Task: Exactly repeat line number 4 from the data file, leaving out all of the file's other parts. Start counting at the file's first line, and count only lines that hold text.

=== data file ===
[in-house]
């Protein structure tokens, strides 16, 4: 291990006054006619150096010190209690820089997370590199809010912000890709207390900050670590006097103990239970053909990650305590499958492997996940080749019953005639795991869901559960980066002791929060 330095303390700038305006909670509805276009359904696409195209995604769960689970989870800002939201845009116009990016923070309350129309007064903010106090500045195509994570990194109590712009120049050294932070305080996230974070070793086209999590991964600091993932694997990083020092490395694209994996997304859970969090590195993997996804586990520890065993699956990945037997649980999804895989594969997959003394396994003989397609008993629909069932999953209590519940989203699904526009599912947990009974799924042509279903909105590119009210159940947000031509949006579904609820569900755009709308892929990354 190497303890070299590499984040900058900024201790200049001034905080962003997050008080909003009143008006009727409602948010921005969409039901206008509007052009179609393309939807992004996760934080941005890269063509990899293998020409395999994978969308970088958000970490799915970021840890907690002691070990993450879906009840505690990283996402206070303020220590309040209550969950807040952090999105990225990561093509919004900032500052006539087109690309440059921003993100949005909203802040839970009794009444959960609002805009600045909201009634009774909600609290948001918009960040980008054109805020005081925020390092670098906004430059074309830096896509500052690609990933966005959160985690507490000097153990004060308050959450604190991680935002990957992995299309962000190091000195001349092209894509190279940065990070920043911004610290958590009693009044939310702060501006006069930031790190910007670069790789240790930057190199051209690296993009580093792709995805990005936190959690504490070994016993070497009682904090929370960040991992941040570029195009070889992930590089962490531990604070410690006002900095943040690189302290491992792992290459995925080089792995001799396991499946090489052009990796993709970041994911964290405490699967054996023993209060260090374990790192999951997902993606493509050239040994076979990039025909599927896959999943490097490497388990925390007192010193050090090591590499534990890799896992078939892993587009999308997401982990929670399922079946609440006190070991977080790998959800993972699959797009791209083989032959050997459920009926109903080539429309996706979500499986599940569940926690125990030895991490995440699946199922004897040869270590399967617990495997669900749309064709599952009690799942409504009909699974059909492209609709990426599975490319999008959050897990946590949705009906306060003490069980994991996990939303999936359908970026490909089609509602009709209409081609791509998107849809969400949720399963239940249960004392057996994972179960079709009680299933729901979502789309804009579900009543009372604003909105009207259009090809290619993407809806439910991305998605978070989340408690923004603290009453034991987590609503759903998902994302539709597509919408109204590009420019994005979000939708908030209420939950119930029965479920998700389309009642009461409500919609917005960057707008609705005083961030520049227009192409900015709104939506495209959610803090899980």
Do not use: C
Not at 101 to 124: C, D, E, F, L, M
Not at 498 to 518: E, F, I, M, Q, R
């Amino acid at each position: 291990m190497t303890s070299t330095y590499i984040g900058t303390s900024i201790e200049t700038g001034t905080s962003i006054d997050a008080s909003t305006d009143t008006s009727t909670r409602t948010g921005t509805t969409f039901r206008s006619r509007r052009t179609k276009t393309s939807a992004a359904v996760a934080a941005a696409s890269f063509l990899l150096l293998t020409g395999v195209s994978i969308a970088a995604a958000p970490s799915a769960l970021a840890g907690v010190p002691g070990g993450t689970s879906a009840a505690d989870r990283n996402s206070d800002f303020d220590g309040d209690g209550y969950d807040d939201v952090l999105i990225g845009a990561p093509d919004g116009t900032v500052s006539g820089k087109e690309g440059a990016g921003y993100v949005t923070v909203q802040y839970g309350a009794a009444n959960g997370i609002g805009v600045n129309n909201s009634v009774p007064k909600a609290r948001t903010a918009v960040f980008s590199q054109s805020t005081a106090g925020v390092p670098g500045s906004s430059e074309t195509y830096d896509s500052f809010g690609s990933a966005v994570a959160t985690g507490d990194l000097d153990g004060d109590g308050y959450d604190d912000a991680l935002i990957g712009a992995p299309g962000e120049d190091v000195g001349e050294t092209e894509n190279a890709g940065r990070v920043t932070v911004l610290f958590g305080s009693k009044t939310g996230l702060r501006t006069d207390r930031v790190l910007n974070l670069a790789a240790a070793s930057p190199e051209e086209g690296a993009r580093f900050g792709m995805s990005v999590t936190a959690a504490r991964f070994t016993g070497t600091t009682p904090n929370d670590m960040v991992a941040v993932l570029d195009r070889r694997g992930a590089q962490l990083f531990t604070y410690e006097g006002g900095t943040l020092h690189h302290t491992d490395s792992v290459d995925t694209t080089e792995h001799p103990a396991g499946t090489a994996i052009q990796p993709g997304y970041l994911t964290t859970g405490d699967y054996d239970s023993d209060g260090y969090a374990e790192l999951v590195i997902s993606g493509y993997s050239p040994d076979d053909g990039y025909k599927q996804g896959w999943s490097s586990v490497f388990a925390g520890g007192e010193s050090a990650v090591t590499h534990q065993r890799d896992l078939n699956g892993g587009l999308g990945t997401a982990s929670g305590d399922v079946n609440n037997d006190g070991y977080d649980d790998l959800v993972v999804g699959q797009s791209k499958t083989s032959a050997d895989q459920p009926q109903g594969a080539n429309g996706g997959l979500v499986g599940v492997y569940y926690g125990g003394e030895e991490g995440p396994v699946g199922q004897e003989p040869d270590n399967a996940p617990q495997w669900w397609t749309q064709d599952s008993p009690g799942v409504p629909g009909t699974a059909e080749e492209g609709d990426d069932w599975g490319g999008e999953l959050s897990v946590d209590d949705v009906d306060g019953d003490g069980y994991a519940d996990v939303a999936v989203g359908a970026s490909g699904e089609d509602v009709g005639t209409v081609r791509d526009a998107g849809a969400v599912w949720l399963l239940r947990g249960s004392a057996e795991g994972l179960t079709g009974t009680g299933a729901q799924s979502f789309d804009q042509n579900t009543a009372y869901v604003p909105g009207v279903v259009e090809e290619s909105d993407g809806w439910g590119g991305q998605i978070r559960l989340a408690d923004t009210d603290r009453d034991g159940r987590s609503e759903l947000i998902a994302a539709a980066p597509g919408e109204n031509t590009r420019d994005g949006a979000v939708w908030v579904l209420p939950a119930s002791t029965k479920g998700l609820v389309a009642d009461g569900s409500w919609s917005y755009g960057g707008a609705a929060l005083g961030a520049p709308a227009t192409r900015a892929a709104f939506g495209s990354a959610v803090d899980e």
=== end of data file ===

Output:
Not at 101 to 124: C, D, E, F, L, M